Hands of Stone

'Hands of Stone' movie poster

Release: Friday, August 26, 2016


Written by: Jonathan Jakubowicz

Directed by: Jonathan Jakubowicz

Confession time: coming into this I had no idea who Roberto Durán was — ya know, other than the fact he would be the center of attention in Jonathan Jakubowicz’s boxing drama. Do I feel silly now.

Long story short, the Panamanian has been frequently listed as one of the greatest lightweight boxers of all time, a brutal and arrogant fighter who became world champion in four different weight classes — lightweight (1972 – ’79), welterweight (1980), light middleweight (1983 – ’84) and middleweight (1989) — and who fought both for the pride of his country as well as the opportunity to lead a life free from poverty and hunger.

Hands of Stone is standard fare. Rags-to-riches tale traces Durán (Edgar Ramírez)’s rise from troublemaking youngster with a penchant for bareknuckle brawling in the slums of his hometown El Chorrillo to a magnetizing presence inside Madison Square Garden. It also suggests he may not have gone that route sans the physical training and psychological conditioning he received from legendary trainer Ray Arcel (a really good Robert DeNiro).

There’s a lot to become invested with here, not least of which being the backdrop of political tension against which the film is set, one that paints Panama and the United States in a bitter feud over who should have control of the land surrounding the Panama Canal in the years leading up to the Trojillos-Carter Treaty in 1977. The turmoil populates the film nearly as much as the in-ring sequences, though the only time it really feels impactful is in an early flashback in which an 8(ish)-year-old Durán witnesses one of his own getting shot down amidst a mass riot in front of a municipal building.

That scene feels inspired. It’s both intense and visceral, and gives us plenty of reason to get behind el hombre con ‘Manos de Piedra’ early on. That same mechanism for empathy grows more interesting as Ramírez’s notably excellent performance steadily reveals there are many aspects to his character that you just can’t support. It’s a performance that treats the boxer like a human, deeply flawed and at times quite unlikable, sculpted very much by his harsh upbringing and, later, further scorned by the business of boxing at large.

DeNiro inhabits the trainer with the confidence and emotional heft you come to expect from the veteran — veteran, in this case, being applicable both to his experience in film as well as around the ring. A raging bull he is obviously not here, and don’t expect him to jump into the ring and throw any cheap shots on his fighter’s behalf. Finding him on the other side of the ropes, however, is by no means an indication of a career trend. Time and again DeNiro reminds his fighter (and us cheering in the peanut gallery) that boxing is as much about the head as it is about the fists. He brings a strong “kid, just think for a second!” psychology to the narrative, a kind of paternal figure that Durán often seems to enjoy ignoring in favor of reverting to his more natural, street tendencies.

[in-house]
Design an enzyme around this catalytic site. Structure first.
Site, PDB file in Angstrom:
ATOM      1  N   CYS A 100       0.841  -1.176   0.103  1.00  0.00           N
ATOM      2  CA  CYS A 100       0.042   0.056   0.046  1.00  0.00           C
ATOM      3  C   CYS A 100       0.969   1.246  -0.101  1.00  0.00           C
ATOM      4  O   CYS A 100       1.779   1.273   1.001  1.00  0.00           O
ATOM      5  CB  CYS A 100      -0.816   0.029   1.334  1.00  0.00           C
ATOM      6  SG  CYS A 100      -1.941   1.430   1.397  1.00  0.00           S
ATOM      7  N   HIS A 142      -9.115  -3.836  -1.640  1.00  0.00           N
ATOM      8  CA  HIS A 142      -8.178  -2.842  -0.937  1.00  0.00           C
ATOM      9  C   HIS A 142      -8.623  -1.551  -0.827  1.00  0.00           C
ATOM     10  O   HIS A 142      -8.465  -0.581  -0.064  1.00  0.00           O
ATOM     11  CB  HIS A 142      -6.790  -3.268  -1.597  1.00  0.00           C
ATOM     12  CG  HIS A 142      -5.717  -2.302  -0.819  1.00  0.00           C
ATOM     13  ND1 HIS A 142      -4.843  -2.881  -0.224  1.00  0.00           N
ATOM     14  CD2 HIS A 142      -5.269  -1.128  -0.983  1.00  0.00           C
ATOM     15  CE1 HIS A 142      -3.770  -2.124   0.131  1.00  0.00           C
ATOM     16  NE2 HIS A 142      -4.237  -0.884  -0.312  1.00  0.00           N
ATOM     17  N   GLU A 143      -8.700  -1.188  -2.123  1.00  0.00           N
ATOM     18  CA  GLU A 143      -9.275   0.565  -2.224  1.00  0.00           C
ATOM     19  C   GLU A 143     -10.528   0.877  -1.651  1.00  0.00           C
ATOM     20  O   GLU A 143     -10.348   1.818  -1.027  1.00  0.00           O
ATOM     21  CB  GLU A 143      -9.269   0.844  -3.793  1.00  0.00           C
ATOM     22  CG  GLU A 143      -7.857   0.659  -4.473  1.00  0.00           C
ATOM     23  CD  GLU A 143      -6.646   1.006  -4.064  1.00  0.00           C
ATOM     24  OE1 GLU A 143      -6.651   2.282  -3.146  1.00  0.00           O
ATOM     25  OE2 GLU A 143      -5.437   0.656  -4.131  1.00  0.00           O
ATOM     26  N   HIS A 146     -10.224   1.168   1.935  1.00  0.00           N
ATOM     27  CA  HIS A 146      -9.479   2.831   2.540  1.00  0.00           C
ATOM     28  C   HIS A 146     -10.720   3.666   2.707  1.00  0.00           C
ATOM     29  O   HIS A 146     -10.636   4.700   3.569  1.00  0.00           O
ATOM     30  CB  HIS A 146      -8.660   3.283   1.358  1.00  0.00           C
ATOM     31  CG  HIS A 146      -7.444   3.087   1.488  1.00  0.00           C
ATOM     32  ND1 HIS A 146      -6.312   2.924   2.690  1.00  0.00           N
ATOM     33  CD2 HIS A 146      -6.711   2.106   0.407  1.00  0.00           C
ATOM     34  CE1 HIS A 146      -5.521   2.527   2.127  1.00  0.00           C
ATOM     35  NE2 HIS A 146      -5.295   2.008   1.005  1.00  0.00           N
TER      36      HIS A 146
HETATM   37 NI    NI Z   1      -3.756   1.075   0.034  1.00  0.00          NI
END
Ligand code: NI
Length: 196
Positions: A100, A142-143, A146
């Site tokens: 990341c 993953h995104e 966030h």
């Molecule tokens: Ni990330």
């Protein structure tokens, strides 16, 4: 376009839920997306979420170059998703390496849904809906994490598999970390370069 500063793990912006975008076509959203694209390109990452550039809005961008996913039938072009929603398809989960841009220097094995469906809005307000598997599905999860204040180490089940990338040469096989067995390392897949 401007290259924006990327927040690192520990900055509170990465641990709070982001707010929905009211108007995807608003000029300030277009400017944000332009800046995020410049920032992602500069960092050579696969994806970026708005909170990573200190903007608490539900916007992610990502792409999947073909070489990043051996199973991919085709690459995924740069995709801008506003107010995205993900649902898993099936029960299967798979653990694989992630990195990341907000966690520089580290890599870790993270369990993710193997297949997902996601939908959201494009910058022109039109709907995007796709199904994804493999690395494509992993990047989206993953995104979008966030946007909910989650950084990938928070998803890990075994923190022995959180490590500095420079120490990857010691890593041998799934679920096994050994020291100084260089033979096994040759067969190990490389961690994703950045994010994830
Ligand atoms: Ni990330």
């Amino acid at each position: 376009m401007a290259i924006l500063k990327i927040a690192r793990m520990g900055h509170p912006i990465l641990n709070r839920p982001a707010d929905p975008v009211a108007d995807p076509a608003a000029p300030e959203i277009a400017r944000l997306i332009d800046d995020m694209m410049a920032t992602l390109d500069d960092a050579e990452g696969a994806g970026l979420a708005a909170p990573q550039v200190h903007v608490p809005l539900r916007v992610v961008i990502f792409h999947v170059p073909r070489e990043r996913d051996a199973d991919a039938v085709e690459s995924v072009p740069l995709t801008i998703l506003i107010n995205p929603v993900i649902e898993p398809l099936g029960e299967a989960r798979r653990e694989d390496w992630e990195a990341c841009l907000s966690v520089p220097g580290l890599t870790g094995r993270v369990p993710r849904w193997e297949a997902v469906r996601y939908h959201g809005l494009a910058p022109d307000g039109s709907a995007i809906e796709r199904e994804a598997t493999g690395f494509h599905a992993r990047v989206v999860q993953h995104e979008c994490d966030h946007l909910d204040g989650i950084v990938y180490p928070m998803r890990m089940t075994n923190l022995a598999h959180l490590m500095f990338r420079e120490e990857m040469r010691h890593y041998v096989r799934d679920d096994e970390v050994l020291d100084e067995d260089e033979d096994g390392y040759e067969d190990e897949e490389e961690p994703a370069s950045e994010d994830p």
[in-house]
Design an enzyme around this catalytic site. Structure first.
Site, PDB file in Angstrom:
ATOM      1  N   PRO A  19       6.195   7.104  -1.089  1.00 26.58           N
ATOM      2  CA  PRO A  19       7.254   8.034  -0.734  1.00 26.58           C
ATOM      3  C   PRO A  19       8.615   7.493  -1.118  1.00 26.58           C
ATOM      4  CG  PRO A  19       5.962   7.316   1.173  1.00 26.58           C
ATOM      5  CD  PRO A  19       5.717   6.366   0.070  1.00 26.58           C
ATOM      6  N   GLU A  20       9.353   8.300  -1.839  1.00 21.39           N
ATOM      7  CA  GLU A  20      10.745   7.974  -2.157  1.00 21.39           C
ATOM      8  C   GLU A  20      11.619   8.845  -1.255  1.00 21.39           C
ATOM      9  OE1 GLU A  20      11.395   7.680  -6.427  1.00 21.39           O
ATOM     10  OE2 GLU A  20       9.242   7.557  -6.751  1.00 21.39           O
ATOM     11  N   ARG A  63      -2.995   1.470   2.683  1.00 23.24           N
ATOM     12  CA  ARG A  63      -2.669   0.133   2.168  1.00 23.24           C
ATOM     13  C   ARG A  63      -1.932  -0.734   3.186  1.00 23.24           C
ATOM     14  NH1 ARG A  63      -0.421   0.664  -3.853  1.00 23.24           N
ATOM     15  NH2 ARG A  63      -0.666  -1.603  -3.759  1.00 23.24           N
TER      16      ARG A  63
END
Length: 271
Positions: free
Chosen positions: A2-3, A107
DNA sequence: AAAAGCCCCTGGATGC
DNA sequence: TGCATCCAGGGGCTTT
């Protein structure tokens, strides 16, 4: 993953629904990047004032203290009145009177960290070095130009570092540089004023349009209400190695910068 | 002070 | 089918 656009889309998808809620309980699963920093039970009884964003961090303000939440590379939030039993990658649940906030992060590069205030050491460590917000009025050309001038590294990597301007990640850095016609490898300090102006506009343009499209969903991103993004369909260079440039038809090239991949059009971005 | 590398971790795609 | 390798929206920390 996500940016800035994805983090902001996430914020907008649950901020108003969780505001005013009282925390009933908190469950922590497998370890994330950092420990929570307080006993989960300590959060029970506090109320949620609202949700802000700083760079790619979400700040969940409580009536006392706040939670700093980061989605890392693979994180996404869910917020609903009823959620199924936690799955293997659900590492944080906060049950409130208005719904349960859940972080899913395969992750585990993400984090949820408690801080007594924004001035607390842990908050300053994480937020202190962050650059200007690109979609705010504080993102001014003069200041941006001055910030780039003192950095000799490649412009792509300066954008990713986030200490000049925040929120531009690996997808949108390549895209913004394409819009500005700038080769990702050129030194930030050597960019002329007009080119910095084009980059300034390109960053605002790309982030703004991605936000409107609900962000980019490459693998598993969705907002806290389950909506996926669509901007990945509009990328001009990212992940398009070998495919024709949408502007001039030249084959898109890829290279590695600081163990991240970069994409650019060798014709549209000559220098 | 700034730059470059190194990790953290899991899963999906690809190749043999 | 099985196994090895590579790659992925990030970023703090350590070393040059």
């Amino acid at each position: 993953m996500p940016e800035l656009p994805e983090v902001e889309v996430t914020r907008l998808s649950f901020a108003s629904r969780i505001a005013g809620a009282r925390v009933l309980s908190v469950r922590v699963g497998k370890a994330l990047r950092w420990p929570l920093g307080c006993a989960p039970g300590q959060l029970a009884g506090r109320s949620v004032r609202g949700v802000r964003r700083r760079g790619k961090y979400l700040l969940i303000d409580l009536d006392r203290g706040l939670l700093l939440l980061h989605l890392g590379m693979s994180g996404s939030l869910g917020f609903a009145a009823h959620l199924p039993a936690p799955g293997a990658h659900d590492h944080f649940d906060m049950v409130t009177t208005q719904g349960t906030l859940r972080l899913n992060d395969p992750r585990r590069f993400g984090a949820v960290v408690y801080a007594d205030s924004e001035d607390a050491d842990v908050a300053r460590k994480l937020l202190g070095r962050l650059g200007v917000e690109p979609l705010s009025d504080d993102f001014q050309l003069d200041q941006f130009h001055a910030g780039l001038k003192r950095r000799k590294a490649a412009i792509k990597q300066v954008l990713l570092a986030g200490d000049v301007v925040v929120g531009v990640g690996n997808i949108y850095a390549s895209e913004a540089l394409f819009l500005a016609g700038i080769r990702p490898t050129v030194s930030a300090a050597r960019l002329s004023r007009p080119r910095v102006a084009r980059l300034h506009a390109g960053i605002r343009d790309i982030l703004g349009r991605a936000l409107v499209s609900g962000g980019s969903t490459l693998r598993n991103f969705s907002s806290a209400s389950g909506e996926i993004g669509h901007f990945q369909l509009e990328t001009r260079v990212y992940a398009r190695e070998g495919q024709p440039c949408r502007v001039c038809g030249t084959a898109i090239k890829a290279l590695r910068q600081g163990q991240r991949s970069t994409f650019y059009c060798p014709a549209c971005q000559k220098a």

The characters are quite strong in Hands of Stone. Maybe not as strong as stone, but they’re memorable. And if not memorable, attractive: Ana de Armas as wife Felicidad Iglesias begins life in the movie as a hard-to-get type in a schoolgirl get-up, but she’s not as vulnerable as she looks. She’s smart and has plenty reason to shun a man coming from a much less fortunate background. Unfortunately she does get reduced to precisely the kind of trophy wife archetype you would expect. When she’s not being shoved into the background, Cuba’s very own Scarlett Johansson has great presence.

Regrettably Jakubowicz adopts a very workmanlike approach to both the study of a life less ordinary, and he doesn’t handle the significance of Durán’s fights very confidently. A few major moments are worth mentioning, like the infamous November 1980 rematch between Durán and former lightweight world champion Sugar Ray Leonard (Usher Raymond IV), during which Durán abruptly stopped fighting, refusing to “fight a clown.” Despite moments of intrigue inside it, the saga out of the ring plays out like one long run-on sentence. There’s a great deal of contrivance in the construction, not to mention more than a few sequences feel haphazardly sown together. There are other similarly nagging issues but I’ll just get over those.